Final Fantasy XVI Preview – An interview with Naoki Yoshida about Eikons, boss fights and when we’ll see more

Square Enix recently unveiled a new Final Fantasy XVI trailer during a PlayStation State of Play. It was our biggest look at the upcoming RPG yet, and the trailer revealed that Final Fantasy XVI will be out sometime next summer.

game informant spoke to the game’s producer, Naoki Yoshida, who is also the director of Final Fantasy XIV, about this new “Dominance” FFXVI trailer, including the franchise’s return to a more medieval setting, Eikons, boss fights, and more.

game informant: Final Fantasy has a history of experimenting with different combat systems in new mainline entries, and Final Fantasy XVI appears to be doing the same, with perhaps the strongest emphasis on action in the mainline series yet. How did the team come up with this fighting style, and what’s it like to see it brought to life by fight director Ryota Suzuki (a designer credited with Devil May Cry 5, Dragon’s Dogma, and Marvel vs. Capcom 2, among others)?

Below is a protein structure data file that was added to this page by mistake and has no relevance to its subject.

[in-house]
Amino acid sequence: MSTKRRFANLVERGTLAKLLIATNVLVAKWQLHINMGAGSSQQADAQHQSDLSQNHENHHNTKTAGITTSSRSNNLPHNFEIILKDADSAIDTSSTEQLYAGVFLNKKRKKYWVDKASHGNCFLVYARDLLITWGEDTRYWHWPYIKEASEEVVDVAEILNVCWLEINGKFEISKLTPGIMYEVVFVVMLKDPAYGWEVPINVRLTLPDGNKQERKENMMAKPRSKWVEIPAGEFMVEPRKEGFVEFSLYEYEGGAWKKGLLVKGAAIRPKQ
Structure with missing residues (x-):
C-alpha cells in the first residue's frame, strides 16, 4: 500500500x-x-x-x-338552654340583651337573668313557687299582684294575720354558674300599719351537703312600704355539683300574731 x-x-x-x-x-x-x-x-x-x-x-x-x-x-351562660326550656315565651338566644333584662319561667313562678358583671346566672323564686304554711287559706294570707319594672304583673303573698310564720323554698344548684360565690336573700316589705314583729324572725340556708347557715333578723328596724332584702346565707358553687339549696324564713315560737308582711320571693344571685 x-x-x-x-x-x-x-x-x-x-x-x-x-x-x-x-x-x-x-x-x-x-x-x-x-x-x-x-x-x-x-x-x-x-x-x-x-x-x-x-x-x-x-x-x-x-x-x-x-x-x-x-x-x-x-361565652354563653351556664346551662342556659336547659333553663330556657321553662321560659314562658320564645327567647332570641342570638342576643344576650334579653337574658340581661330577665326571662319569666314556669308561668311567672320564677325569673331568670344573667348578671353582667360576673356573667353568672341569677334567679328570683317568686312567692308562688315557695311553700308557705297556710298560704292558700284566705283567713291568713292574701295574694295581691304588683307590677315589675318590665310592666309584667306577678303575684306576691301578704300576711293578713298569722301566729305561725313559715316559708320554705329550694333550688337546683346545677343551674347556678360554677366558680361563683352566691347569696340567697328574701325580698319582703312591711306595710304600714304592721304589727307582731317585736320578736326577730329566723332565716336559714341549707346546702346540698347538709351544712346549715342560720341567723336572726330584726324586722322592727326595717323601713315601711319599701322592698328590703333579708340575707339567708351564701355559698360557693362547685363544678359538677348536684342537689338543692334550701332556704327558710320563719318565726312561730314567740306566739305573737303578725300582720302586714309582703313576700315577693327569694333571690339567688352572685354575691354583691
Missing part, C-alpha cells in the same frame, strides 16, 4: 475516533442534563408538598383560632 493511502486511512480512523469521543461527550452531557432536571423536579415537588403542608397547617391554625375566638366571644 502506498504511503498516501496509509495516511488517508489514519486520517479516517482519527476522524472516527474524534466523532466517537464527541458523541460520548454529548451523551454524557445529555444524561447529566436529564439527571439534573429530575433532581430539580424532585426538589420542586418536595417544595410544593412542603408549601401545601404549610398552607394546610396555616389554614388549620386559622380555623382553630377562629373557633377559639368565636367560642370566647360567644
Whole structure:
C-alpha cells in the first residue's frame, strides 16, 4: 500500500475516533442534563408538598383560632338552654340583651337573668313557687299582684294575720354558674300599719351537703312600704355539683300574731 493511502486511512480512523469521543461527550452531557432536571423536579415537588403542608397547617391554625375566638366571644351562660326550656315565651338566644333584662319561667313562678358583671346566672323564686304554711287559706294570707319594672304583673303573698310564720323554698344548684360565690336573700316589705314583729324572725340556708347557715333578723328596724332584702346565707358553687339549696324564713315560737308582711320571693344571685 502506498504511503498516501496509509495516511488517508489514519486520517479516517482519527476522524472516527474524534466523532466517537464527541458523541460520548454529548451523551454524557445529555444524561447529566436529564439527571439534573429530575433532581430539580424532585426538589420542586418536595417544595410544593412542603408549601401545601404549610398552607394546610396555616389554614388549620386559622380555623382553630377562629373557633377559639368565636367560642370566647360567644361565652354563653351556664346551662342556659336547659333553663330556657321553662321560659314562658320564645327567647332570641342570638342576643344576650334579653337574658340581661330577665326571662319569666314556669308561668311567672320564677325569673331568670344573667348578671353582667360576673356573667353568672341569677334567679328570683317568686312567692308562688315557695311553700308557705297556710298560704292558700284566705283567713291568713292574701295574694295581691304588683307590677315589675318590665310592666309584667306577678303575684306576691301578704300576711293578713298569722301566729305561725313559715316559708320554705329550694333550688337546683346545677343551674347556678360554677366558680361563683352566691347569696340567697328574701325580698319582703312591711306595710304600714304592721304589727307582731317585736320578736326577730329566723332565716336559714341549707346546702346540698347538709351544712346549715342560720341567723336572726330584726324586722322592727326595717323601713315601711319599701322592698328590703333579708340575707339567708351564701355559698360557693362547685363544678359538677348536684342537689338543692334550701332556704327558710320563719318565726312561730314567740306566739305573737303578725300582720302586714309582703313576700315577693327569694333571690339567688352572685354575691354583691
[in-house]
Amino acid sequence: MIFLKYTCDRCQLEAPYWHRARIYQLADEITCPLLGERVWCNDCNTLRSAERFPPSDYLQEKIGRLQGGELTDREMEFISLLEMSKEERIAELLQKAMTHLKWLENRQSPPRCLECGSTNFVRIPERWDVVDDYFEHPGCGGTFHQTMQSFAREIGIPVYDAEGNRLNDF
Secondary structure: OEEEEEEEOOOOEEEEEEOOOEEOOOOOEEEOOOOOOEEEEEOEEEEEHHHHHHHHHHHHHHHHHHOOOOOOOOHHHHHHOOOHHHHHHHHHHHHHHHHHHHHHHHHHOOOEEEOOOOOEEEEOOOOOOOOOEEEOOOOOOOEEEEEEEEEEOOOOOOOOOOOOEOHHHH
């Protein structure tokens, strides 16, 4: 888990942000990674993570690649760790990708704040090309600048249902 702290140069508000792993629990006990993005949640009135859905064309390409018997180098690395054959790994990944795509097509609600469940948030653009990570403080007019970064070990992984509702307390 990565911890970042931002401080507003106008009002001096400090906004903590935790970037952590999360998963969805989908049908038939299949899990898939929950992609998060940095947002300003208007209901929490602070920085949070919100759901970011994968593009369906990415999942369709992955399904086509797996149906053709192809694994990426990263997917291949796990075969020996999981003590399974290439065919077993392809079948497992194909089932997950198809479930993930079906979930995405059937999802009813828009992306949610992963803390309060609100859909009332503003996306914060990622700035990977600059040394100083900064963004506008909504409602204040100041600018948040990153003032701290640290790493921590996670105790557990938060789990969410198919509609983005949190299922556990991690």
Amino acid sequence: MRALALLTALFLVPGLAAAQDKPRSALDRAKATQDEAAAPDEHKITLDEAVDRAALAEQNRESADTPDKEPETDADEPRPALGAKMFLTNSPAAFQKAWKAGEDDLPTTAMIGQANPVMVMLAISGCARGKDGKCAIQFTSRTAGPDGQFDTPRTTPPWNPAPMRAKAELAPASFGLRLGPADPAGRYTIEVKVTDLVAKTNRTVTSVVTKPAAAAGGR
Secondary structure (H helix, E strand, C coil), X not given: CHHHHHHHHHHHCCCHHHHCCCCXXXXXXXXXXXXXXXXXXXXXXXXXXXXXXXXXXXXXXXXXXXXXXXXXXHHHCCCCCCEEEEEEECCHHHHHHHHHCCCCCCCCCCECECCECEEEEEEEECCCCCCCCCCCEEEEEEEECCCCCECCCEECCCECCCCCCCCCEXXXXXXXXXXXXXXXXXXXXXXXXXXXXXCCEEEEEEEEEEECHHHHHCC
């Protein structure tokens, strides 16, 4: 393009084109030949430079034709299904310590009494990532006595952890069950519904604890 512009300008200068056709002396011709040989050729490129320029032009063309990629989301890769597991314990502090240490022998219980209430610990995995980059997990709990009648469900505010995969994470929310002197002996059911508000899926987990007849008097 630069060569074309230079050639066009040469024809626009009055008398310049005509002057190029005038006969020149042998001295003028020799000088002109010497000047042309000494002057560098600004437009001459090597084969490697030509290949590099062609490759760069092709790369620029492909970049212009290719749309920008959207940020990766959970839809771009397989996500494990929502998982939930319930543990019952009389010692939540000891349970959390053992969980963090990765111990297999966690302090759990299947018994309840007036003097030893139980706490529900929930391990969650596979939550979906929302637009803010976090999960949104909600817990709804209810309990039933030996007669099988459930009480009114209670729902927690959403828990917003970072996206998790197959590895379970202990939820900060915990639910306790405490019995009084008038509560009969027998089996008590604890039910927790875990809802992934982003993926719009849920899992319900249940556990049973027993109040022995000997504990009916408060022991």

Naoki Yoshida: You asked me about the direction of the combat system, and to answer that, instead of building on previous Final Fantasy combat systems, we decided to shift our focus to contribute to the overall development of the Final Fantasy series towards one of real-time action . So once we had this concept that we were going in that direction, our director and our battle director, Ryota Suzuki, made it easy to take the reins and come out with something really action-oriented.

For the combat system, we not only gave the main character Clive an arsenal of powerful attacks and abilities based on those traditional Final Fantasy summons, but we allowed him to cycle through those attacks in real-time and deal with those attacks in real-time. [This allows] for powerful combos and smooth, stylish gameplay that both looks and feels good.